Zucchino’s story is well-written, and highly recommended for anyone unfamiliar with LaVena Johnson.

1 Linda March 11, 2009 at 5:22 pm

I think this is a terrible, horrific way to die and my thoughts and prayers are with the family. Just don’t stop no matter what the government throws at you. Justice needs to be served in this case and soon. There is definitely too much violence toward woman, not only in the military, but each day in the world and there has to be some answers of how to stop it somewhere. I wish the family luck, patience, hope, and mostly some kind of closure. Hang touch, I believe she would want that. God bless you all.

2 nolen nunley March 11, 2009 at 6:19 pm

I SERVED IN THE ARMY AND I AM VERY UPSET THAT THE VERY BRANCH THAT I SERVED IN WOULD TREAT ONE OF THERE OWN THIS WAY I AM DISGRACE AT THE WAY THE ARMY HAS WANTED TO HANDLE THIS TRAGIC THING TO HAPPEN TO THIS YOUNG LADY AND A AMERICAN MILITARY PERSONNAL WHAT A DAMN SHAME I HAVE LOST ALL RESPECT FOR THE U.S. TOP PERSONNEL THAT SHOULD HAVE HANDLED THIS SAD THING I AM BEHIND HER FAMILY 1000% IN GETTING TO THE BOTTOM OF THIS TRAGIC EVENT……

3 Leonard Rogers March 11, 2009 at 8:22 pm

i sorry for his loss the military coverup while in the service they is lot of coverup
it must be a officer high rank person that kill your daughter
that person must pay.

4 Parker March 12, 2009 at 3:35 am

I am so sad right now. i am a veteran and i served oversea in that same place (Baghdad). I’ve lived in camp tahji and i know already how unsafe it is there. anything can happen to u because the military is not concerned with their own kind harming one another. it goes unseen if a female soldier is harrassed or assaulted. i’ve been threw it and i dont plan on ever going back. I want to express my deepest sympathy for the family and i pray the johnson family continue their fight for justice. u just don’t sweep this kind of gruesome horrible situation under the covers its wrong! wrong! wrong! and the U.S Army should be ashame.this act was definitely someone with higher ranking and it should be handled accordingly. i am so upset,really i served my country and she tried to do the same only to be murdered….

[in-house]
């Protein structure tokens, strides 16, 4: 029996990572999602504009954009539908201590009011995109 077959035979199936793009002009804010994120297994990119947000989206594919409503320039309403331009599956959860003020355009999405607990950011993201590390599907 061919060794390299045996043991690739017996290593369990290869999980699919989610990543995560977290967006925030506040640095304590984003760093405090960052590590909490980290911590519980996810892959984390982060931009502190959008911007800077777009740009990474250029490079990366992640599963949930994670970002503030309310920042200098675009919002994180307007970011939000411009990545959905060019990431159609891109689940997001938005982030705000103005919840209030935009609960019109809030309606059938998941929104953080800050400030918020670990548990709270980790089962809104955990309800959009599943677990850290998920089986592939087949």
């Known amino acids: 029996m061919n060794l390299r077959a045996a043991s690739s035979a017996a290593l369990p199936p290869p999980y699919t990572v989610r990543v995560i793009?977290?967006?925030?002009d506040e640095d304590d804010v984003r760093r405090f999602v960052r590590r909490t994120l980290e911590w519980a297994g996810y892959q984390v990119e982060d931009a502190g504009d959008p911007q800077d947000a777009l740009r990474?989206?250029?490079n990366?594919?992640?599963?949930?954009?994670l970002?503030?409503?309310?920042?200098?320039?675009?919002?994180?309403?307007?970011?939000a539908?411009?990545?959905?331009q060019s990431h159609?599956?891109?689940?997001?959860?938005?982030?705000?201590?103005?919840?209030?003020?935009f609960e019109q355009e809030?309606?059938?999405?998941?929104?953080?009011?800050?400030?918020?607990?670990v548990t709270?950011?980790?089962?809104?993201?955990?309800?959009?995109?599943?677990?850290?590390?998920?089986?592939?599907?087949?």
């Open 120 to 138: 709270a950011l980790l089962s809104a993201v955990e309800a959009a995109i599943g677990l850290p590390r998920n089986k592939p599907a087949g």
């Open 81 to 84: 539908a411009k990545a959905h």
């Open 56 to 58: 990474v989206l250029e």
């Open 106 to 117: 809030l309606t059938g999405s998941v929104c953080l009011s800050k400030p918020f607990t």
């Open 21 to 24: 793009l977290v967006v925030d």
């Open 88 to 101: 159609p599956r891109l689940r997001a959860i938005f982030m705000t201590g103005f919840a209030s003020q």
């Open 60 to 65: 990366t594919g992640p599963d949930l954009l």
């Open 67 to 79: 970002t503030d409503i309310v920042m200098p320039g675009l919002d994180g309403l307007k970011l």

I will continue my prayers for the Johnson family

5 steve March 22, 2009 at 4:43 pm

this website is the hardest site to navigate around in and actually see what the real story is. Instead we have links to more links and none of those links have anything to do with this case. interesting case IF one can get a story on it……………..instead of all the other BS

6 monique May 13, 2009 at 9:39 pm

Justice needs to be done. God is able to make these people come to truth. I believe eventually we will know the truth.
to the family stay strong and dont give up on searching for answers.
God Bless you and will bless you

7 Keith May 18, 2009 at 11:31 am

When are we gonna hit the streets and protest?

8 Melissa May 31, 2009 at 5:00 pm

Sad stuff. Justice must be served.

9 KEITH June 17, 2009 at 6:30 pm